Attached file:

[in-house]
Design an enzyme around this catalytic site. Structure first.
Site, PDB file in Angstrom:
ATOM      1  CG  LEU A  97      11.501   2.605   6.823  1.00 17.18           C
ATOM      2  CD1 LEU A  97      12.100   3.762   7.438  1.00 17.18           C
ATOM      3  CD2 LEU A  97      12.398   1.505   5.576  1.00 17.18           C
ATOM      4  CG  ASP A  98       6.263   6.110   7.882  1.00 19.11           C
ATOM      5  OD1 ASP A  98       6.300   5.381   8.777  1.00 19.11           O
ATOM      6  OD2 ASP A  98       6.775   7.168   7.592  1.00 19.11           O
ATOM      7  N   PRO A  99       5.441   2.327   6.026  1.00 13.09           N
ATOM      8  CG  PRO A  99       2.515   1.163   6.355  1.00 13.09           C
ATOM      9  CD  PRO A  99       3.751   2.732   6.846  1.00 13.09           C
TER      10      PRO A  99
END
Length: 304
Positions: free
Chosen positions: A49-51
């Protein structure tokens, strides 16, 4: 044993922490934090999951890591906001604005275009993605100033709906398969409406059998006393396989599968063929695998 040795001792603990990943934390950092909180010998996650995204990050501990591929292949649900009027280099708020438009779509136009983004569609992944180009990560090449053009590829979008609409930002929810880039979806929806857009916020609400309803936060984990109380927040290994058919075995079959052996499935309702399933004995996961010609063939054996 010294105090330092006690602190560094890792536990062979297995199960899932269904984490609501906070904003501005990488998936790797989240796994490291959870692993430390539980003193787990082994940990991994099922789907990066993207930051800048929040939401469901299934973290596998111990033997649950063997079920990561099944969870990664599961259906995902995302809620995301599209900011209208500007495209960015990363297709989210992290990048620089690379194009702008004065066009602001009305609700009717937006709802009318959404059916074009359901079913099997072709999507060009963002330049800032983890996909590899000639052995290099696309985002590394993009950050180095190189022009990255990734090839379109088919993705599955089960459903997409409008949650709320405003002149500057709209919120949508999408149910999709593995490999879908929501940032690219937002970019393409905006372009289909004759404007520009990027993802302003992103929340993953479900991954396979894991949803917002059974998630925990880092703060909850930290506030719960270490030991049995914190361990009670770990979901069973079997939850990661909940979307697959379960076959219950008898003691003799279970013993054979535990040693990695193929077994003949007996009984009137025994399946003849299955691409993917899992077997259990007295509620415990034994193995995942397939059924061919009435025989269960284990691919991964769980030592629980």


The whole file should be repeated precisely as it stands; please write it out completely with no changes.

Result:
[in-house]
Design an enzyme around this catalytic site. Structure first.
Site, PDB file in Angstrom:
ATOM      1  CG  LEU A  97      11.501   2.605   6.823  1.00 17.18           C
ATOM      2  CD1 LEU A  97      12.100   3.762   7.438  1.00 17.18           C
ATOM      3  CD2 LEU A  97      12.398   1.505   5.576  1.00 17.18           C
ATOM      4  CG  ASP A  98       6.263   6.110   7.882  1.00 19.11           C
ATOM      5  OD1 ASP A  98       6.300   5.381   8.777  1.00 19.11           O
ATOM      6  OD2 ASP A  98       6.775   7.168   7.592  1.00 19.11           O
ATOM      7  N   PRO A  99       5.441   2.327   6.026  1.00 13.09           N
ATOM      8  CG  PRO A  99       2.515   1.163   6.355  1.00 13.09           C
ATOM      9  CD  PRO A  99       3.751   2.732   6.846  1.00 13.09           C
TER      10      PRO A  99
END
Length: 304
Positions: free
Chosen positions: A49-51
């Protein structure tokens, strides 16, 4: 044993922490934090999951890591906001604005275009993605100033709906398969409406059998006393396989599968063929695998 040795001792603990990943934390950092909180010998996650995204990050501990591929292949649900009027280099708020438009779509136009983004569609992944180009990560090449053009590829979008609409930002929810880039979806929806857009916020609400309803936060984990109380927040290994058919075995079959052996499935309702399933004995996961010609063939054996 010294105090330092006690602190560094890792536990062979297995199960899932269904984490609501906070904003501005990488998936790797989240796994490291959870692993430390539980003193787990082994940990991994099922789907990066993207930051800048929040939401469901299934973290596998111990033997649950063997079920990561099944969870990664599961259906995902995302809620995301599209900011209208500007495209960015990363297709989210992290990048620089690379194009702008004065066009602001009305609700009717937006709802009318959404059916074009359901079913099997072709999507060009963002330049800032983890996909590899000639052995290099696309985002590394993009950050180095190189022009990255990734090839379109088919993705599955089960459903997409409008949650709320405003002149500057709209919120949508999408149910999709593995490999879908929501940032690219937002970019393409905006372009289909004759404007520009990027993802302003992103929340993953479900991954396979894991949803917002059974998630925990880092703060909850930290506030719960270490030991049995914190361990009670770990979901069973079997939850990661909940979307697959379960076959219950008898003691003799279970013993054979535990040693990695193929077994003949007996009984009137025994399946003849299955691409993917899992077997259990007295509620415990034994193995995942397939059924061919009435025989269960284990691919991964769980030592629980």